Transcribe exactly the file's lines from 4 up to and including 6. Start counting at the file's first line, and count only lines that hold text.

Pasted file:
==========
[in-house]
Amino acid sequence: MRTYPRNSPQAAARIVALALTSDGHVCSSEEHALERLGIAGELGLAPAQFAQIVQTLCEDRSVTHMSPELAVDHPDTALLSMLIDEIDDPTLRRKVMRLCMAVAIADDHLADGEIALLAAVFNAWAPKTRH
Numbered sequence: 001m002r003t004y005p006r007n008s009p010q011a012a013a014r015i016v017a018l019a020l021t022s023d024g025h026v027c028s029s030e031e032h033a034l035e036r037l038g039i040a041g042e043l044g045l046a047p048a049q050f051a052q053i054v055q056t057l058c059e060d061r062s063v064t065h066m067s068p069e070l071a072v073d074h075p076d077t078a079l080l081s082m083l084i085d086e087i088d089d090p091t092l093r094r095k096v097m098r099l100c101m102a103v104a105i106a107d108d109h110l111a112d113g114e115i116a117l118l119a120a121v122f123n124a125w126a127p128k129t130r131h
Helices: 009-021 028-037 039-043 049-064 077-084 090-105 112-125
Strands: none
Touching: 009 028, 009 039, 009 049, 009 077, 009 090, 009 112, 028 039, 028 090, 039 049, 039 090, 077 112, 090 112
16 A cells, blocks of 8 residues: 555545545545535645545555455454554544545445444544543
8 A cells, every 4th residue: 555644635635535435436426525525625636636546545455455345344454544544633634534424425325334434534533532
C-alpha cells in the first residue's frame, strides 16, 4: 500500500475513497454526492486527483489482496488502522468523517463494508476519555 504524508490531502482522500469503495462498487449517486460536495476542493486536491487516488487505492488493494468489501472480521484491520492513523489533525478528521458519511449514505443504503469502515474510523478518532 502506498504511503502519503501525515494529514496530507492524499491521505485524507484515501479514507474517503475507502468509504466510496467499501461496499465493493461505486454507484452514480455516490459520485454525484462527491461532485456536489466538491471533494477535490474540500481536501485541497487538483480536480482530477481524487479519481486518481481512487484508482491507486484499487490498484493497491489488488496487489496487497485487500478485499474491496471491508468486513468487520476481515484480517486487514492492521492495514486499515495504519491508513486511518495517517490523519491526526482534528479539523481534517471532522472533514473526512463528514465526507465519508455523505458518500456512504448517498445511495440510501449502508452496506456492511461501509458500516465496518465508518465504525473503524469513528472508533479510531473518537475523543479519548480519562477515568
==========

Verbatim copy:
Helices: 009-021 028-037 039-043 049-064 077-084 090-105 112-125
Strands: none
Touching: 009 028, 009 039, 009 049, 009 077, 009 090, 009 112, 028 039, 028 090, 039 049, 039 090, 077 112, 090 112